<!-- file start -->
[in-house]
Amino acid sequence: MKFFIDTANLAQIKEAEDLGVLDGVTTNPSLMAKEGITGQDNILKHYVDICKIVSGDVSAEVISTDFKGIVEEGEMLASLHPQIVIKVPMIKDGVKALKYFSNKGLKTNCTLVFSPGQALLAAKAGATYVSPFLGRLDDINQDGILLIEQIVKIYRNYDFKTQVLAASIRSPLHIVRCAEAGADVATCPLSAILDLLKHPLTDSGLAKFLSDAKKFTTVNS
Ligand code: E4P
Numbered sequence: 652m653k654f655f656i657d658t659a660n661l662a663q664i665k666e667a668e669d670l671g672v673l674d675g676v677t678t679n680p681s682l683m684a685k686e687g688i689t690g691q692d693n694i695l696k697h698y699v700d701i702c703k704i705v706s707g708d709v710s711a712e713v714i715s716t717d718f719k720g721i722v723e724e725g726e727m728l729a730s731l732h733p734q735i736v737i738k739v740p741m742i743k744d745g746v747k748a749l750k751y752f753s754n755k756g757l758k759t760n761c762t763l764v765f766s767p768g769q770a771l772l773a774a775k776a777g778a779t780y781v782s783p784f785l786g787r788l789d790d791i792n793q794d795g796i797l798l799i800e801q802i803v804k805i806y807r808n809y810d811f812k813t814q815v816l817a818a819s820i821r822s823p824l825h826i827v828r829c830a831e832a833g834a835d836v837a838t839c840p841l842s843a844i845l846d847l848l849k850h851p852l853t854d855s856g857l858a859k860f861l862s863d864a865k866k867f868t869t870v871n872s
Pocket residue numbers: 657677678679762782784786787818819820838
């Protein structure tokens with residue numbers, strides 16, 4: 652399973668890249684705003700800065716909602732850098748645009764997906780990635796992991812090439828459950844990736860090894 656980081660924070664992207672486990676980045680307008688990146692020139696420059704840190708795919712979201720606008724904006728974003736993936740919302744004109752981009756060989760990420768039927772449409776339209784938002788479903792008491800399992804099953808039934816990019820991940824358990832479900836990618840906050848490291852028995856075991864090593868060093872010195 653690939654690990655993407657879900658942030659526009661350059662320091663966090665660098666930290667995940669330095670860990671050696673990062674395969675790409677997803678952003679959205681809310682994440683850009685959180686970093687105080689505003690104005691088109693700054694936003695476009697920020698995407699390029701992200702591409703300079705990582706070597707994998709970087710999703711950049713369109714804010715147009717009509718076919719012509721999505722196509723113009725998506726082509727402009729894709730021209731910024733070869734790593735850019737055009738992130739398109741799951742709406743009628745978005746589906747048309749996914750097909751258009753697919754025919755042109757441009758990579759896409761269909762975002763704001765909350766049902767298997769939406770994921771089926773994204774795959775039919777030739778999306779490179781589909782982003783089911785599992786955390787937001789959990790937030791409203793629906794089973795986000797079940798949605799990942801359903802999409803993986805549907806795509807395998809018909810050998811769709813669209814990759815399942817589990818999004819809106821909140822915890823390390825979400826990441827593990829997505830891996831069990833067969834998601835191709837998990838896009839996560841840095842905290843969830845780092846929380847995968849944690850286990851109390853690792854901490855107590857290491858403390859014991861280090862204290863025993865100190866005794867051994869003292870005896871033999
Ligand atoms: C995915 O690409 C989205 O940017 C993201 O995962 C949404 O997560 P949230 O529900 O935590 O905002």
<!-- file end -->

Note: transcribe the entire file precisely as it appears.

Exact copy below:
[in-house]
Amino acid sequence: MKFFIDTANLAQIKEAEDLGVLDGVTTNPSLMAKEGITGQDNILKHYVDICKIVSGDVSAEVISTDFKGIVEEGEMLASLHPQIVIKVPMIKDGVKALKYFSNKGLKTNCTLVFSPGQALLAAKAGATYVSPFLGRLDDINQDGILLIEQIVKIYRNYDFKTQVLAASIRSPLHIVRCAEAGADVATCPLSAILDLLKHPLTDSGLAKFLSDAKKFTTVNS
Ligand code: E4P
Numbered sequence: 652m653k654f655f656i657d658t659a660n661l662a663q664i665k666e667a668e669d670l671g672v673l674d675g676v677t678t679n680p681s682l683m684a685k686e687g688i689t690g691q692d693n694i695l696k697h698y699v700d701i702c703k704i705v706s707g708d709v710s711a712e713v714i715s716t717d718f719k720g721i722v723e724e725g726e727m728l729a730s731l732h733p734q735i736v737i738k739v740p741m742i743k744d745g746v747k748a749l750k751y752f753s754n755k756g757l758k759t760n761c762t763l764v765f766s767p768g769q770a771l772l773a774a775k776a777g778a779t780y781v782s783p784f785l786g787r788l789d790d791i792n793q794d795g796i797l798l799i800e801q802i803v804k805i806y807r808n809y810d811f812k813t814q815v816l817a818a819s820i821r822s823p824l825h826i827v828r829c830a831e832a833g834a835d836v837a838t839c840p841l842s843a844i845l846d847l848l849k850h851p852l853t854d855s856g857l858a859k860f861l862s863d864a865k866k867f868t869t870v871n872s
Pocket residue numbers: 657677678679762782784786787818819820838
């Protein structure tokens with residue numbers, strides 16, 4: 652399973668890249684705003700800065716909602732850098748645009764997906780990635796992991812090439828459950844990736860090894 656980081660924070664992207672486990676980045680307008688990146692020139696420059704840190708795919712979201720606008724904006728974003736993936740919302744004109752981009756060989760990420768039927772449409776339209784938002788479903792008491800399992804099953808039934816990019820991940824358990832479900836990618840906050848490291852028995856075991864090593868060093872010195 653690939654690990655993407657879900658942030659526009661350059662320091663966090665660098666930290667995940669330095670860990671050696673990062674395969675790409677997803678952003679959205681809310682994440683850009685959180686970093687105080689505003690104005691088109693700054694936003695476009697920020698995407699390029701992200702591409703300079705990582706070597707994998709970087710999703711950049713369109714804010715147009717009509718076919719012509721999505722196509723113009725998506726082509727402009729894709730021209731910024733070869734790593735850019737055009738992130739398109741799951742709406743009628745978005746589906747048309749996914750097909751258009753697919754025919755042109757441009758990579759896409761269909762975002763704001765909350766049902767298997769939406770994921771089926773994204774795959775039919777030739778999306779490179781589909782982003783089911785599992786955390787937001789959990790937030791409203793629906794089973795986000797079940798949605799990942801359903802999409803993986805549907806795509807395998809018909810050998811769709813669209814990759815399942817589990818999004819809106821909140822915890823390390825979400826990441827593990829997505830891996831069990833067969834998601835191709837998990838896009839996560841840095842905290843969830845780092846929380847995968849944690850286990851109390853690792854901490855107590857290491858403390859014991861280090862204290863025993865100190866005794867051994869003292870005896871033999
Ligand atoms: C995915 O690409 C989205 O940017 C993201 O995962 C949404 O997560 P949230 O529900 O935590 O905002």